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Creativity Education

by Kali Ferguson

May 7,2008

Sir Ken Robinson, an international education and creativity expert and former university professor, claims that in the twenty-first century, “creativity is as important as literacy.” I couldn’t agree more. Creativity education is the next level of social responsibility.

Creativity comes in many guises. Artists get the most credit (although sometimes the least money) for using our creativity, but it doesn’t stop there. Event planners constantly create new experiences. Architects bring new solutions to everyday living issues. Parents innovate ways to communicate with and raise their children. Development directors initiate fundraising methods that engage their constituencies. Marketing experts convey the necessity of products with newfound humor and heart. Teachers use their intuition to encourage “troubled” students. You add a new spice to that chicken dish you’ve made for years. It is natural and human to create.

Many people do not know their own creativity. We get so caught up in survival or competition that we overlook the joys of using what we have to make something new. Ironically, our heroes and heroines were big risk-takers in some aspect of their lives. They trusted themselves to see the world in a new way, and shared that vision with the rest of us. Most did this with a concern for humanity that can get lost in the workaday world.

By the time children reach the age of twelve or thirteen many have lost the willingness (but not the ability) to take risks, to be creative, to trust themselves. Not enough teenagers have sufficient faith in their own experience to bypass the outside voices of peer pressure and traditional education. In truth, formal school environments have left most of us "educated out" of our own creativity to some extent, by teachers and/or schoolmates. Sir Robinson aptly states that because of this “many brilliant people think they are not.”

I have many examples of this tendency. Here’s one. I recently gave a workshop on poetry to seventh and eighth graders at a local school. Although some teachers were wary, the students rose to the occasion and created brilliant poetry in groups despite the “organized chaos” of working together. One young lady was chosen to represent her group by reading their poetry to the rest of us. Somehow she became frustrated with her colleagues and cursed out loud in front of everyone. We reprimanded her and asked someone else to present.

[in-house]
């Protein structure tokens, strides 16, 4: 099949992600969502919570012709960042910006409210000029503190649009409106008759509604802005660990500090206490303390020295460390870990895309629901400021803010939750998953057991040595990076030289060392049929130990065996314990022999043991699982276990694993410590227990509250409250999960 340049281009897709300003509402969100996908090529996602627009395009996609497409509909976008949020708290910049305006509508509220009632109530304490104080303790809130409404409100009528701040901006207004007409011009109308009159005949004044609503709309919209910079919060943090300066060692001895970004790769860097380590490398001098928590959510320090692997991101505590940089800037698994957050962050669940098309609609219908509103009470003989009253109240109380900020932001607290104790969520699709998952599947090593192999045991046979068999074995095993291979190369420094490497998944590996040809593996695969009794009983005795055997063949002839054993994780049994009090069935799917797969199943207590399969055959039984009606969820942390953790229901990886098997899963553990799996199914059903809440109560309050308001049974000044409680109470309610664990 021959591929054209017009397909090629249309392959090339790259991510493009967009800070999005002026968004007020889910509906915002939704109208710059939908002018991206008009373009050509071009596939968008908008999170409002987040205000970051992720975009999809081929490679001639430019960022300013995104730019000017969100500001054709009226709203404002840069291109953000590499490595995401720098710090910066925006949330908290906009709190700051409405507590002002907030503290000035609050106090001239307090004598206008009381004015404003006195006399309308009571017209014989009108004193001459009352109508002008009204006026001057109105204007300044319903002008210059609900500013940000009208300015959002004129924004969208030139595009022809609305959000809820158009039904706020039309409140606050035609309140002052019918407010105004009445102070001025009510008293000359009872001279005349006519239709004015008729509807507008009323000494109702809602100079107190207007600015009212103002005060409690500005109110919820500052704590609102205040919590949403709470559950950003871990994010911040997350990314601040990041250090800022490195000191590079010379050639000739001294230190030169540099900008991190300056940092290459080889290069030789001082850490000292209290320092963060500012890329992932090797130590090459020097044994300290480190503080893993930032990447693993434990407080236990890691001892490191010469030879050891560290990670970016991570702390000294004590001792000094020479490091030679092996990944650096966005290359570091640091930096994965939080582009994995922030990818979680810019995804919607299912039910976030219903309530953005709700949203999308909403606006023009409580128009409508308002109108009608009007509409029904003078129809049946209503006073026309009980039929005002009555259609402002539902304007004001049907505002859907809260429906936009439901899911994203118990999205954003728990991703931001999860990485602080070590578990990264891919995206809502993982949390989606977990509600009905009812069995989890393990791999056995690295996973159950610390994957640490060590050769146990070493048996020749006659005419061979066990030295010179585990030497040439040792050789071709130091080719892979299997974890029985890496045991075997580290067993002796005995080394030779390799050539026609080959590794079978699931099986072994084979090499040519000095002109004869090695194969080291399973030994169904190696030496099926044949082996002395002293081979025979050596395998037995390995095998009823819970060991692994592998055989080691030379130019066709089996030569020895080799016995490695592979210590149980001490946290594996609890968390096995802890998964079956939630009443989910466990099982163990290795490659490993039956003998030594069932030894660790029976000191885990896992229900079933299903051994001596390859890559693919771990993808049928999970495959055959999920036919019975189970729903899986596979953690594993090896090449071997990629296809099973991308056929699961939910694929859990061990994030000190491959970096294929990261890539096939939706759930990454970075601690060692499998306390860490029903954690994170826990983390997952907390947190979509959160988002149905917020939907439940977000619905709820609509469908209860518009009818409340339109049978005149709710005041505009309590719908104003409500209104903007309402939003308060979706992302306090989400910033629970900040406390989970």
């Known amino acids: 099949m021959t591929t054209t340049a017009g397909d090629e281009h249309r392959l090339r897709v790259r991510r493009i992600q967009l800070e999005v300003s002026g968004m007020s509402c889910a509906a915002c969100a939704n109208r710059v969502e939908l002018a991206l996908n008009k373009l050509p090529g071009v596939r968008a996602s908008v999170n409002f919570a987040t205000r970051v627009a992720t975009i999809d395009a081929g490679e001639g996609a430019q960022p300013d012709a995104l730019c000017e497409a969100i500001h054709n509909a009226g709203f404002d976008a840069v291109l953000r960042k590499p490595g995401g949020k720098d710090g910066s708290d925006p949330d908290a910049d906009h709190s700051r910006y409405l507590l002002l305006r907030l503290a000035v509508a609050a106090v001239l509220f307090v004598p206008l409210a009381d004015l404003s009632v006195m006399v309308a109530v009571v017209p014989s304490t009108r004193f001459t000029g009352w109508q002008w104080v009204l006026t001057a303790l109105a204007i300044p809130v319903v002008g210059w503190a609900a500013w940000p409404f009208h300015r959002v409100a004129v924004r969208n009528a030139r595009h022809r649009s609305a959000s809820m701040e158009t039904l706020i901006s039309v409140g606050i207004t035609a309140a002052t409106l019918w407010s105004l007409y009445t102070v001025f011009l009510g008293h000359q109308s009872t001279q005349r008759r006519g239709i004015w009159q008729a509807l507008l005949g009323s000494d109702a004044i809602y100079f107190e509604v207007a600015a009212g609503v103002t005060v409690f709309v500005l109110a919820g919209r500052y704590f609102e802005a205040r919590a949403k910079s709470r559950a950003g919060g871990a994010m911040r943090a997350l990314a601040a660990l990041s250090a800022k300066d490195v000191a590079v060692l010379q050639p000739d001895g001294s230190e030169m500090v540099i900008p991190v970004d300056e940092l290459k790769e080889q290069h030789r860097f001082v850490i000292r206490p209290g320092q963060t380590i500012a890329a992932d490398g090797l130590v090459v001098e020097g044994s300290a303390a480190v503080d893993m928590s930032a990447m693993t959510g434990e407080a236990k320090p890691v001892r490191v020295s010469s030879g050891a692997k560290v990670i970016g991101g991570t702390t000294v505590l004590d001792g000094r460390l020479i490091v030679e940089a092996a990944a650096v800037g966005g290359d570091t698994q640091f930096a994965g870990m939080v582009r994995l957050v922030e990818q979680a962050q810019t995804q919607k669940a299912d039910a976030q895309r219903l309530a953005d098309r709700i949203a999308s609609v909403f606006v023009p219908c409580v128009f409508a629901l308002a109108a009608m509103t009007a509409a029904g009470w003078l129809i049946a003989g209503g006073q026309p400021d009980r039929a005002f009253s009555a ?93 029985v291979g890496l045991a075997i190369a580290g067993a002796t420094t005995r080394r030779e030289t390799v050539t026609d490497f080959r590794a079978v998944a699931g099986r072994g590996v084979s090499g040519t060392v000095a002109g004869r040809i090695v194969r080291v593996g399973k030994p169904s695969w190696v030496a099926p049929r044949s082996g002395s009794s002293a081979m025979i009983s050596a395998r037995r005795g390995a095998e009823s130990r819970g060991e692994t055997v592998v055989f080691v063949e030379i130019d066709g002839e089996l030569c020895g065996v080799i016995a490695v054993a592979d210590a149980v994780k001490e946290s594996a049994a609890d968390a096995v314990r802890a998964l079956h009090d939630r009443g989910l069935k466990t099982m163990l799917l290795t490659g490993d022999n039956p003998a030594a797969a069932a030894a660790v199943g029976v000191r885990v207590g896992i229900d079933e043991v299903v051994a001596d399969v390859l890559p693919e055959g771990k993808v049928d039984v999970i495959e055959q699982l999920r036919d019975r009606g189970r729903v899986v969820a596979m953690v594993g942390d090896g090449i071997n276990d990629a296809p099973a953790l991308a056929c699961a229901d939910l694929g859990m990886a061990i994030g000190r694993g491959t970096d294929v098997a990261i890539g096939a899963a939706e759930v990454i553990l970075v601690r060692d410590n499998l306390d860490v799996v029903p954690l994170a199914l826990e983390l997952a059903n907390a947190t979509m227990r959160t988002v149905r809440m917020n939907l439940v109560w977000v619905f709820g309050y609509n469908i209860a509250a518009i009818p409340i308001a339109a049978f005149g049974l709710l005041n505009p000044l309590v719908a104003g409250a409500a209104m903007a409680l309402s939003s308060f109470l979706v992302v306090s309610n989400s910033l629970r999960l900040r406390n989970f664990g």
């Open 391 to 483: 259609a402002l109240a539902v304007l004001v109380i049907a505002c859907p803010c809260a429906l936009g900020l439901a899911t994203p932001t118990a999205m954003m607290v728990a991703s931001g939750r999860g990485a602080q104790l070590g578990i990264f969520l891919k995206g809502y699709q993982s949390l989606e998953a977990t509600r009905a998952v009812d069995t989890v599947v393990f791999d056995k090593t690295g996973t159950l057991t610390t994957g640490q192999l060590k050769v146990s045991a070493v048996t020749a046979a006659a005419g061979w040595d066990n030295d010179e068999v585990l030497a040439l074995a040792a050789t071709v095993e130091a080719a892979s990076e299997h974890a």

After the program I talked with the young woman about her slip-up. She told me unflinchingly that she had an attitude problem. Everyone knew and accepted this fact. She also said she had been writing poetry for years, but her peers did not know; she had never told them. She told me what she wrote about and we discussed the possibility of her becoming a professional writer or speaker. We agreed she would work through her anger issues and keep writing. I wish I had encouraged her to share her poetry with someone who could acknowledge her creativity. What struck me is that she was so comfortable showing others her “bad attitude,” but NOT her creativity. This is common in schools since there is often little room there for our imaginative side – the part of us that cannot be measured with numbers.

One might say they will grow out of it. Teenagers are that way for a while and then become full-fledged adults. But as adults, we have too many excuses for ignoring the urge to explore our creativity. Our intuitions are weak and untrained. We doubt our right to healthily enjoy life and to contribute something to it from our personal store of wisdom and wonder. We want only to write checks to charities or cash checks from work and let “creative people” take all the risks. Let them implement ideas that tangibly address issues in our communities. My newsflash: we are those creative people.

In a city that claims to be modern, world-class, and innovative, we must educate our children and ourselves to be creative. This happens formally, informally and most of all by example. Like the girl in my story, we should share more of our brilliant hearts and minds with each other and less of our anger. That brilliance will light the way toward a better Charlotte and beyond.

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